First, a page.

Understanding What Medicare Covers and What is Owed Out of Pocket

By Elizabeth Valentin, Esq., Littman Krooks LLP

Healthcare can be a large financial expense, and one that can be difficult to plan for.  Anyone who relies on Medicare should be aware of what is covered and what is not.  While Medicare is extensive in coverage, it does not cover everything and is not free.  There are premiums, deductibles, co-payments and prescription drug costs, and they can be significant.

Premiums

Medicare provides health insurance for Americans aged 65 or older who have worked and paid into the system through payroll tax.  It also provides health insurance to younger individuals with a disability status as determined by the Social Security Administration, as well as people with certain terminal illnesses. Part A, covers hospital and hospice services, and is free for those who have worked and paid the appropriate tax for at least ten years.  Otherwise, there is a monthly premium of up to $413.  Part B, covers outpatient medical services, and has a monthly premium of $134; however, those who receive Social Security benefits may pay less, approximately $109 per month.  Higher income earners may pay more.  Part C, also known as Medicare Advantage, is an alternative to Part A and Part B.  Its premiums vary depending on the specific plan chosen.

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Deductibles and Coinsurance

Part A has a deductible of $1,316 for each benefit period.  After the deductible is met, the coinsurance or copayment is $0 for the first 60 days of each benefit period, then $329 per day for days 61 through 90, and then $658 per each “lifetime reserve day” starting with day 91 for each benefit period (up to 60 days over the person’s lifetime).  You are responsible for all costs beyond the lifetime reserve days.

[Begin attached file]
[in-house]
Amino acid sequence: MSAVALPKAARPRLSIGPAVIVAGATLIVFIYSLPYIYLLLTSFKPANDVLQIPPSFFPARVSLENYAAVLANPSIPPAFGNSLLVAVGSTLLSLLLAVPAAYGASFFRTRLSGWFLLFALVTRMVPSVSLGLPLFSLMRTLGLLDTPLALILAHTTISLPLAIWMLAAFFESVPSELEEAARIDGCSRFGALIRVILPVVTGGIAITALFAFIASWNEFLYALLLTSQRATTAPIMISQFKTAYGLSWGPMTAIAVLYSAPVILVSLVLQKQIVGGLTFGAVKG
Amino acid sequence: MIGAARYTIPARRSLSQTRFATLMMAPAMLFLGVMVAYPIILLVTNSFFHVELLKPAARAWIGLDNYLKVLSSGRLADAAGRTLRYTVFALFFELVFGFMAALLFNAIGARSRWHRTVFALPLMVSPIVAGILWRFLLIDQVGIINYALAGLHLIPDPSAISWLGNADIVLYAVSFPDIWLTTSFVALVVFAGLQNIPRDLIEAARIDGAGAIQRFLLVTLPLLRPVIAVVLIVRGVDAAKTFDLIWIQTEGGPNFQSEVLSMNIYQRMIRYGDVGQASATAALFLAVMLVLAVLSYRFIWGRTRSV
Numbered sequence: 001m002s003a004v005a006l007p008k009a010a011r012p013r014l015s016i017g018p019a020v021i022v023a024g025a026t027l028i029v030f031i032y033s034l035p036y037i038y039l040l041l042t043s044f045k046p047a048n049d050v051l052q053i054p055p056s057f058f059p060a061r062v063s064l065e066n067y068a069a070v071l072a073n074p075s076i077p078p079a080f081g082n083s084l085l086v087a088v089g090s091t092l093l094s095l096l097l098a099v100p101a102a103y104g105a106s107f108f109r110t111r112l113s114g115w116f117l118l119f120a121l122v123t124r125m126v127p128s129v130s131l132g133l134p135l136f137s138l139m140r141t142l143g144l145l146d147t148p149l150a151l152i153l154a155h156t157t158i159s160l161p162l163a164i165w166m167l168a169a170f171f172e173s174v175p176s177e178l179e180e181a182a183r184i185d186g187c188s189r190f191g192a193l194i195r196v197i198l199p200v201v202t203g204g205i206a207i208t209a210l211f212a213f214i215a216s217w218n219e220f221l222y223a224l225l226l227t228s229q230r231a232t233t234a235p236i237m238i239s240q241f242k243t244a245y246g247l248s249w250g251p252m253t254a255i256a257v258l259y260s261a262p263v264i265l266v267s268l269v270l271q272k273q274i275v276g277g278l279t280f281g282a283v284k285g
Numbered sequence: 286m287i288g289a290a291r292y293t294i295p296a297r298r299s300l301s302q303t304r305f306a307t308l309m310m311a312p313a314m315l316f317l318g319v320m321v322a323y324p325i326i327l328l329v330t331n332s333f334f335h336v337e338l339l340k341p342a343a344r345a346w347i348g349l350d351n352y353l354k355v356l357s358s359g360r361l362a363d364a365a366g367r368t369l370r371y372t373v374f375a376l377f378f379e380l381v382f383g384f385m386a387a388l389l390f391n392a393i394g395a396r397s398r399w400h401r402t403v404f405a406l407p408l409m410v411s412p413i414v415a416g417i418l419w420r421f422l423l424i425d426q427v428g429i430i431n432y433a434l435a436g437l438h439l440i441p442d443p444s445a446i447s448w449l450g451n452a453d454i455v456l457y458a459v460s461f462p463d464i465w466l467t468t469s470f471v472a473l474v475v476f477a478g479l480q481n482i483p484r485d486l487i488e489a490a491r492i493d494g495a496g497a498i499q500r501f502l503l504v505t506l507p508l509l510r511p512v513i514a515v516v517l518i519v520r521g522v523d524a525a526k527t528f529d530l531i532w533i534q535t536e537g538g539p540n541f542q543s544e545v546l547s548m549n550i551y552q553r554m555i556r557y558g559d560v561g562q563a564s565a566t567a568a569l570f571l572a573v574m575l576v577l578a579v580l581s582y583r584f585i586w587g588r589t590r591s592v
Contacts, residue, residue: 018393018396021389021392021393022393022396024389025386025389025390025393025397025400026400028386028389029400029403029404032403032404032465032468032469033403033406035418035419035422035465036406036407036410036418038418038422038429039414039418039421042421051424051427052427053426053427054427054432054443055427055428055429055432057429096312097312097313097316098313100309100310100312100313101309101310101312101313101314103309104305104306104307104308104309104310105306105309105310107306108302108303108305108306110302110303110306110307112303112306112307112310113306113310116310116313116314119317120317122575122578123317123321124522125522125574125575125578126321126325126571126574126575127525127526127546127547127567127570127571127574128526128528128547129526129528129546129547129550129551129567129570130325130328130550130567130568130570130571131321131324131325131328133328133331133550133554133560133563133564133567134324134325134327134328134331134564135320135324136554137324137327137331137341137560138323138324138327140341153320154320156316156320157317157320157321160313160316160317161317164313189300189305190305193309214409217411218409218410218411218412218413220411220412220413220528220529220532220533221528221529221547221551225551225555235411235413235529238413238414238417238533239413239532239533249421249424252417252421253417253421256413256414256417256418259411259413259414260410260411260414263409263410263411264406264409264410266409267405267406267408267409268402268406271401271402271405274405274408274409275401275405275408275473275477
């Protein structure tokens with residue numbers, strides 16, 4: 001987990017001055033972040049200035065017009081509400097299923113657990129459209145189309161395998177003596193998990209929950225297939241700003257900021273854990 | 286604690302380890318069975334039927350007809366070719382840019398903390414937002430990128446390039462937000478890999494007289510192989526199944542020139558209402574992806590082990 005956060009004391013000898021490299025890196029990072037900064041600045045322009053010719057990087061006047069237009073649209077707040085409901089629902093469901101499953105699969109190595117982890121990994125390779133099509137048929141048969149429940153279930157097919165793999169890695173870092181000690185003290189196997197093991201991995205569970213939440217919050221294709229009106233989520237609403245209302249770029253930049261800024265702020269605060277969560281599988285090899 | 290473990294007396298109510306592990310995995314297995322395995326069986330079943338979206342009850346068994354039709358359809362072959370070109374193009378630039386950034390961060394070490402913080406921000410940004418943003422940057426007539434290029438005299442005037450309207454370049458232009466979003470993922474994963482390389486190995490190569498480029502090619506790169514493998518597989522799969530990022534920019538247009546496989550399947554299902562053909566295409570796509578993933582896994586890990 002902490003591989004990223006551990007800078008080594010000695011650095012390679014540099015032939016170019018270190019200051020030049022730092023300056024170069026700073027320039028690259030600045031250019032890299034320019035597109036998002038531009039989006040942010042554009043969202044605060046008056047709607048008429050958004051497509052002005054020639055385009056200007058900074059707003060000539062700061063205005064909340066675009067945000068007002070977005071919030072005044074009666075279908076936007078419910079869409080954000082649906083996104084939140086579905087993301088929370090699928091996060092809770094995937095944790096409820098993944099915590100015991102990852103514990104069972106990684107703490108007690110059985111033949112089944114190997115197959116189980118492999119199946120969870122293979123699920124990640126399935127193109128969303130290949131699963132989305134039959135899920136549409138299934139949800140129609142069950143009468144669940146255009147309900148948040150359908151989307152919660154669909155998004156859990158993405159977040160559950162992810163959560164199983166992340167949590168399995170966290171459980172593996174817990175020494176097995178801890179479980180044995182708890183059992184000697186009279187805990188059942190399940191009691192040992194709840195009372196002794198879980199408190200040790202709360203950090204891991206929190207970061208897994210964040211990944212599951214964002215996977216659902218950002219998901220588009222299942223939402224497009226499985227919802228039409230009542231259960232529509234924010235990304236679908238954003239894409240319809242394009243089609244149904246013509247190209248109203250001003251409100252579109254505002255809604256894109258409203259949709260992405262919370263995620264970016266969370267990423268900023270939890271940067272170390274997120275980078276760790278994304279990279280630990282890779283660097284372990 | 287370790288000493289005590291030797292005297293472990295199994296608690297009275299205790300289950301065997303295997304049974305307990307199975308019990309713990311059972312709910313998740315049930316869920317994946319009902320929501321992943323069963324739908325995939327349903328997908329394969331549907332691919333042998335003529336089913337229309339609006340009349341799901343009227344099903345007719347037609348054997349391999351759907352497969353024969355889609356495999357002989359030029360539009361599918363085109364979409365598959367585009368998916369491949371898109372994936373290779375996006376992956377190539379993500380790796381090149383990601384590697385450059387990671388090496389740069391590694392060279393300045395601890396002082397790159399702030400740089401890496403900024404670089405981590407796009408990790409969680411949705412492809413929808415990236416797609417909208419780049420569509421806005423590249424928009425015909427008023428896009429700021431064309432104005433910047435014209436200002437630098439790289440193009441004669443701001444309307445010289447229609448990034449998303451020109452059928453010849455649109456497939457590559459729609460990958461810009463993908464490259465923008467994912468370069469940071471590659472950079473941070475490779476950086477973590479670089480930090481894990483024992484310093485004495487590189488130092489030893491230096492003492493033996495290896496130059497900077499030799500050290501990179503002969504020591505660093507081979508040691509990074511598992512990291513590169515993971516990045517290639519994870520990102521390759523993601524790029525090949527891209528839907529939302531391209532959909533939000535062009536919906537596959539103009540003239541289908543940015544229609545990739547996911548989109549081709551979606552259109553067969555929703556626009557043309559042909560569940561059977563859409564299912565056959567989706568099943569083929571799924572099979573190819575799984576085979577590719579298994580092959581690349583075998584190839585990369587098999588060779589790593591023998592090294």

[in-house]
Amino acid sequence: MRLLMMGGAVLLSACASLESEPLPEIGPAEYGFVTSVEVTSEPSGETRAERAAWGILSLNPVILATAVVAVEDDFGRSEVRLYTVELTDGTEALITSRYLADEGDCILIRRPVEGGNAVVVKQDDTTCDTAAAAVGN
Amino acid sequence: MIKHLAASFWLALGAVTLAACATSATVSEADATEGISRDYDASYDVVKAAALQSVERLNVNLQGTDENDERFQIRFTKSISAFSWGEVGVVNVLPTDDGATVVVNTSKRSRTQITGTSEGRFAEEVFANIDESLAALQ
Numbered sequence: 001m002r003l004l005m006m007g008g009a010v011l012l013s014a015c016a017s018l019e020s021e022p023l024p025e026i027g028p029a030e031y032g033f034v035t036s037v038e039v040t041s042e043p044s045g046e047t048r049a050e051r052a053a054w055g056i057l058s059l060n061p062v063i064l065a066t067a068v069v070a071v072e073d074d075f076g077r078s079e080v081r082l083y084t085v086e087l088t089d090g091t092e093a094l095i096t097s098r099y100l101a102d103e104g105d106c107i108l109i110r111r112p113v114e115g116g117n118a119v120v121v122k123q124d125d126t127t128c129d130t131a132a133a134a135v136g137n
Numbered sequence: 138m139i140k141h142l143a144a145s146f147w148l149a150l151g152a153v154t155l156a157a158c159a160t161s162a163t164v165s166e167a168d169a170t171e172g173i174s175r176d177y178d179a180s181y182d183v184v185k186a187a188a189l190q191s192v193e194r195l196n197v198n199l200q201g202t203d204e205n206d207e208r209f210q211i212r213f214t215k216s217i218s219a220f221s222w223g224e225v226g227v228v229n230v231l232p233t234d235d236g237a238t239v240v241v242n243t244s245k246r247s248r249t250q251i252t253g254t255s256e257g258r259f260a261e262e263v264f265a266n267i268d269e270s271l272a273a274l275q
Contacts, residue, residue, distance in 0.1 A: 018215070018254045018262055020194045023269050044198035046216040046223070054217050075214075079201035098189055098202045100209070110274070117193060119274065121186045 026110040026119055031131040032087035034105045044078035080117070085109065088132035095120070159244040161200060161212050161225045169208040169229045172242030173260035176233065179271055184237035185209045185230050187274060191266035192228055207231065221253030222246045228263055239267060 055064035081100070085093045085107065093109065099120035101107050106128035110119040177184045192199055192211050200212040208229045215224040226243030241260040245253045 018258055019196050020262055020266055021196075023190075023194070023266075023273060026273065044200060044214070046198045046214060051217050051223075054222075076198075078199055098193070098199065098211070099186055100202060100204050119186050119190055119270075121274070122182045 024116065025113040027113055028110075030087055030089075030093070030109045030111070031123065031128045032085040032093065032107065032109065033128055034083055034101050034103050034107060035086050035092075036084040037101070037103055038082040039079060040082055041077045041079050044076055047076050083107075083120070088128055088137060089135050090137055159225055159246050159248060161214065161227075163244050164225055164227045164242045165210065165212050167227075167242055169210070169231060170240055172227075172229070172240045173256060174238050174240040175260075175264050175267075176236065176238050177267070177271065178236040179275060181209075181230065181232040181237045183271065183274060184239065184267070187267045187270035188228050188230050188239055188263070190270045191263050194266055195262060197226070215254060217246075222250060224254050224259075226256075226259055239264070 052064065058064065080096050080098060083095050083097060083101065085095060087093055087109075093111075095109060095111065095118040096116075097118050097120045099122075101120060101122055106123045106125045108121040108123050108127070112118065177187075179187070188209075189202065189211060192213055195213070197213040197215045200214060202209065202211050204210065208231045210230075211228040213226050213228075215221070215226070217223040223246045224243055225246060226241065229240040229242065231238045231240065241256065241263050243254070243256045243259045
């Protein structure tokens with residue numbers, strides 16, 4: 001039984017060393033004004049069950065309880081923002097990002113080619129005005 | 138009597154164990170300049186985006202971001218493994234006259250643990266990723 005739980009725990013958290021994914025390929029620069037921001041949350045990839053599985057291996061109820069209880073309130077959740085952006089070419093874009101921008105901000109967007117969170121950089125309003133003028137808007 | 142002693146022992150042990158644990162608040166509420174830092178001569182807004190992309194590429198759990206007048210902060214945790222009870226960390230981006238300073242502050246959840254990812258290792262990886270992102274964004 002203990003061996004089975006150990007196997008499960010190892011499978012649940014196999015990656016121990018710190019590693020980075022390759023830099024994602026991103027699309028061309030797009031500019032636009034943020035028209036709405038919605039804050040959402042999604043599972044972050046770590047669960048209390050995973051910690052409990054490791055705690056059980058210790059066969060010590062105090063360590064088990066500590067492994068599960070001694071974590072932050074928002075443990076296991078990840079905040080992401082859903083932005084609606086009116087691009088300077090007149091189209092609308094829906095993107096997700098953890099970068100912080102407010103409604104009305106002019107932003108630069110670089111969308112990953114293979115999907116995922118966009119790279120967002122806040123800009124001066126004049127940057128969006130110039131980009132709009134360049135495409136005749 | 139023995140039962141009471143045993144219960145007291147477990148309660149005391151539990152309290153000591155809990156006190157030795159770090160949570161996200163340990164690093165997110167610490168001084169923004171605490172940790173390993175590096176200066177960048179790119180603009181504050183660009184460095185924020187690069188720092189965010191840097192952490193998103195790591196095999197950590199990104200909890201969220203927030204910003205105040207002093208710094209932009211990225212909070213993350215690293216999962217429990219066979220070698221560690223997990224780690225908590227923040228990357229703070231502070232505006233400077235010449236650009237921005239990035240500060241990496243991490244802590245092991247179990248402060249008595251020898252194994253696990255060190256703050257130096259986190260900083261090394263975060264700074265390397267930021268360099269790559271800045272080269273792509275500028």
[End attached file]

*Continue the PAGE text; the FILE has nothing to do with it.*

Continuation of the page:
The Part B deductible is $183 per year.  Generally, after meeting the deductible, you are responsible for 20% of the Medicare-approved amount for most doctor services, medical equipment, and outpatient therapy.

If you have Medicare Advantage instead of Parts A and B, the deductibles and copayments will depend on the specific plan you are participating in.

The deductibles for the Part D prescription drug plan may vary, but cannot exceed $400 in 2017.  Beyond that, you pay a certain percentage for the drugs according to the plan until the total costs reach the annual limit, $3,700 in the 2017.  This is the beginning of the coverage gap known as the “donut hole.”  While in the donut hole, you may have to pay 40% of the name brand drug costs and 51% for generic drugs until the costs reach the second limit of $4,950 (in 2017), at which point catastrophic coverage begins.

Out of Pocket Expenses

In addition to paying for premiums, deductibles and coinsurance/copayments, you may have out-of-pocket costs for any treatment that is not covered by Medicare, such as eye exams, dental care, hearing aids, cosmetic surgery, non-traditional treatments such as acupuncture, and long-term care costs.  Also, if you visit a healthcare provider that does not accept the Medicare assignment of costs as full payment, you will pay higher out-of-pocket costs. Certain newly developed drugs and/or equipment may also not be covered by Medicare.  You may wish to consider a Medicare supplement or Medigap plan to cover these out-of-pocket costs to limit your possible exposure.

What Medicare Does Not Cover

It is important to note that in addition to not covering vision, dental care, and hearing aids, Medicare does not cover most long-term care costs, such as the care provided in nursing homes or the continued receipt of home care services.  Paying for long-term care is generally not part of the Medicare equation.  As such, families that are not able to self-fund such care should consider long-term care insurance or speak with an elder law attorney to discuss Medicaid planning.

 

Learn more about elder lawestate planning and special needs planning at http://www.elderlawnewyork.com  www.littmankrooks.com. Have questions about this article? Contact us.


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